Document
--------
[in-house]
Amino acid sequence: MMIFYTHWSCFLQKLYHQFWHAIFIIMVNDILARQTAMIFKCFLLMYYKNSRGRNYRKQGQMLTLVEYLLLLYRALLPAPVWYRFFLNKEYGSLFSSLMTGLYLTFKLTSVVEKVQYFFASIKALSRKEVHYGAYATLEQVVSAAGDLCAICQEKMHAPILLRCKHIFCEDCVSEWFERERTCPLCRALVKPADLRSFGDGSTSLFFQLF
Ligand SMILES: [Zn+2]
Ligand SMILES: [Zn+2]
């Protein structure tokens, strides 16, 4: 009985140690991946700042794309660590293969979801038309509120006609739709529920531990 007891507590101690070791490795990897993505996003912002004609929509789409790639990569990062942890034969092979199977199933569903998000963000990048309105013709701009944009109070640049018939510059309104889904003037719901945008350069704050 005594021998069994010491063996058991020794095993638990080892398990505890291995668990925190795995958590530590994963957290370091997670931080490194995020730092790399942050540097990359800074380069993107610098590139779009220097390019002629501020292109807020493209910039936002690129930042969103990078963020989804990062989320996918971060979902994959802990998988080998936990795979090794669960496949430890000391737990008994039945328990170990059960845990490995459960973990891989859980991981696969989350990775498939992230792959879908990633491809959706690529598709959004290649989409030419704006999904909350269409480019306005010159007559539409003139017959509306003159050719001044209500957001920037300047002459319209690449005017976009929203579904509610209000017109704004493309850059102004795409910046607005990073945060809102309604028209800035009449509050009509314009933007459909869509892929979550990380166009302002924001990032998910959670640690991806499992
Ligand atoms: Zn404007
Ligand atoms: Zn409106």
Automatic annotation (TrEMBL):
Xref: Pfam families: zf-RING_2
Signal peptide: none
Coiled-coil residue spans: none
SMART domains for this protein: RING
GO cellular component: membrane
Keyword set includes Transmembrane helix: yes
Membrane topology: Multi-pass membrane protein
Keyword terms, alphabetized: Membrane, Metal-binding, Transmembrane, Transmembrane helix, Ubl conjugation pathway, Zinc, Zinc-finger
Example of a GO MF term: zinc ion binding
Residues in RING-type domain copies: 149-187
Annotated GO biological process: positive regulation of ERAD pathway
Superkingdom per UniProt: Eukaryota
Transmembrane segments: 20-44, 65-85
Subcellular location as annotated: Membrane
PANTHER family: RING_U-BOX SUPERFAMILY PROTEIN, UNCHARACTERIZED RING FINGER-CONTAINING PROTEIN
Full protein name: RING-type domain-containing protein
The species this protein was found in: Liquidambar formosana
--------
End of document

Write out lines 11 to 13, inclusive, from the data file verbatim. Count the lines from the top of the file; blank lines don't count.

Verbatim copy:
Coiled-coil residue spans: none
SMART domains for this protein: RING
GO cellular component: membrane